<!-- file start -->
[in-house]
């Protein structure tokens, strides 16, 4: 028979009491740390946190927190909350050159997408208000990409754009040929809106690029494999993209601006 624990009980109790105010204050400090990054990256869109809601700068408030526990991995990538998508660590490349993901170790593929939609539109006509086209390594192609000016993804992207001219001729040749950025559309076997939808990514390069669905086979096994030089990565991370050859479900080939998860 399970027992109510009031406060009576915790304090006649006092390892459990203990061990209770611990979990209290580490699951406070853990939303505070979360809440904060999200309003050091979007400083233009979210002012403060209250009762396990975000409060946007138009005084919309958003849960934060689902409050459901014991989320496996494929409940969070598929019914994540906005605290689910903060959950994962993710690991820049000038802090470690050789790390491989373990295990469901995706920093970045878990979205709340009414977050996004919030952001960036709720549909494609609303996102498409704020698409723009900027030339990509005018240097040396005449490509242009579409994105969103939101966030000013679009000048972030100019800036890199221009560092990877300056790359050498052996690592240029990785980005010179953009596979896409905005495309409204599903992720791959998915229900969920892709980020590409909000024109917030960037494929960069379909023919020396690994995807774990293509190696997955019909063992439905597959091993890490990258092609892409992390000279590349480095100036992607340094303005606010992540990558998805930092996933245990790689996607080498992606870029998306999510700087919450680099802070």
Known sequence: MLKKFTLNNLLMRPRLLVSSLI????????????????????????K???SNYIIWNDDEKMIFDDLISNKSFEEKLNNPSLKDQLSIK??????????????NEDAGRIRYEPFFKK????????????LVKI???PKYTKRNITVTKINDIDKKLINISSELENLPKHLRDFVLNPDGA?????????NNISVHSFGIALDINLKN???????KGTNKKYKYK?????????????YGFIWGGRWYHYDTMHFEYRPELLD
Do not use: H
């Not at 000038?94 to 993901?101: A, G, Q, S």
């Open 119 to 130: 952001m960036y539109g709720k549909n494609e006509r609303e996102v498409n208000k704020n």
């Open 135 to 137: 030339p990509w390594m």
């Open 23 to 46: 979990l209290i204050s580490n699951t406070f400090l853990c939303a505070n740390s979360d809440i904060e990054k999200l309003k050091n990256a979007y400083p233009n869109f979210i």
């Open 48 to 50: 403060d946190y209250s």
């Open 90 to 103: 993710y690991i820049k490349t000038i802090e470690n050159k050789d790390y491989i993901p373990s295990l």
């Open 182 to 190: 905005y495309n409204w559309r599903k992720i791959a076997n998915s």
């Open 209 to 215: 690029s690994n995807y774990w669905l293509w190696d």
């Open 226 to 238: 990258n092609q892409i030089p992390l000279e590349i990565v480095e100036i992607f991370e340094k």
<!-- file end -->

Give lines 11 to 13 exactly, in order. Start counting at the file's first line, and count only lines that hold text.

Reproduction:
């Open 182 to 190: 905005y495309n409204w559309r599903k992720i791959a076997n998915s």
């Open 209 to 215: 690029s690994n995807y774990w669905l293509w190696d």
């Open 226 to 238: 990258n092609q892409i030089p992390l000279e590349i990565v480095e100036i992607f991370e340094k």